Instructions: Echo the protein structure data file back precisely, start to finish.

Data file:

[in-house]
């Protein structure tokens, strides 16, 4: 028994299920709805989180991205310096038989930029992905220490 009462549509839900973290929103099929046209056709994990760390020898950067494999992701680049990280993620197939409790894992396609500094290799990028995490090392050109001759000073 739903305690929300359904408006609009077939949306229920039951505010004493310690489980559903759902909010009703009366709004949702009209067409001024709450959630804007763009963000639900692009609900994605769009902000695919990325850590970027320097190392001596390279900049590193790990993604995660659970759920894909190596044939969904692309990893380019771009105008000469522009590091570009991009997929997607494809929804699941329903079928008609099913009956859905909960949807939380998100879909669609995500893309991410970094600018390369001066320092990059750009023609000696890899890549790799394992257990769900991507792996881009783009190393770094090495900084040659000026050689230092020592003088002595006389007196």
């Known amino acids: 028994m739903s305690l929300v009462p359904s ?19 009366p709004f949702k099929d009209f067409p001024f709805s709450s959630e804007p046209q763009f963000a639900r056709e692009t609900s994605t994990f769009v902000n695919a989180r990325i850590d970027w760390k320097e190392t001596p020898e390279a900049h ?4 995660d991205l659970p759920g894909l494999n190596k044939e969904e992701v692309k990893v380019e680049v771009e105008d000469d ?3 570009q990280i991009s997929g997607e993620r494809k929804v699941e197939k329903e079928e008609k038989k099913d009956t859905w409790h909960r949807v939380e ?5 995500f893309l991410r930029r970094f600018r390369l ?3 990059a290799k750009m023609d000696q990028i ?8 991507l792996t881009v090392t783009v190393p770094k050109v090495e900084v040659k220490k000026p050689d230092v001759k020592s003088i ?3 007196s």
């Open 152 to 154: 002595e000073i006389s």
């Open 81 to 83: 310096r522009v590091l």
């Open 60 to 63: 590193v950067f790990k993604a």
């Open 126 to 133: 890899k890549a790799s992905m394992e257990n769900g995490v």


[in-house]
């Protein structure tokens, strides 16, 4: 028994299920709805989180991205310096038989930029992905220490 009462549509839900973290929103099929046209056709994990760390020898950067494999992701680049990280993620197939409790894992396609500094290799990028995490090392050109001759000073 739903305690929300359904408006609009077939949306229920039951505010004493310690489980559903759902909010009703009366709004949702009209067409001024709450959630804007763009963000639900692009609900994605769009902000695919990325850590970027320097190392001596390279900049590193790990993604995660659970759920894909190596044939969904692309990893380019771009105008000469522009590091570009991009997929997607494809929804699941329903079928008609099913009956859905909960949807939380998100879909669609995500893309991410970094600018390369001066320092990059750009023609000696890899890549790799394992257990769900991507792996881009783009190393770094090495900084040659000026050689230092020592003088002595006389007196």
């Known amino acids: 028994m739903s305690l929300v009462p359904s ?19 009366p709004f949702k099929d009209f067409p001024f709805s709450s959630e804007p046209q763009f963000a639900r056709e692009t609900s994605t994990f769009v902000n695919a989180r990325i850590d970027w760390k320097e190392t001596p020898e390279a900049h ?4 995660d991205l659970p759920g894909l494999n190596k044939e969904e992701v692309k990893v380019e680049v771009e105008d000469d ?3 570009q990280i991009s997929g997607e993620r494809k929804v699941e197939k329903e079928e008609k038989k099913d009956t859905w409790h909960r949807v939380e ?5 995500f893309l991410r930029r970094f600018r390369l ?3 990059a290799k750009m023609d000696q990028i ?8 991507l792996t881009v090392t783009v190393p770094k050109v090495e900084v040659k220490k000026p050689d230092v001759k020592s003088i ?3 007196s």
């Open 152 to 154: 002595e000073i006389s």
């Open 81 to 83: 310096r522009v590091l």
């Open 60 to 63: 590193v950067f790990k993604a």
């Open 126 to 133: 890899k890549a790799s992905m394992e257990n769900g995490v």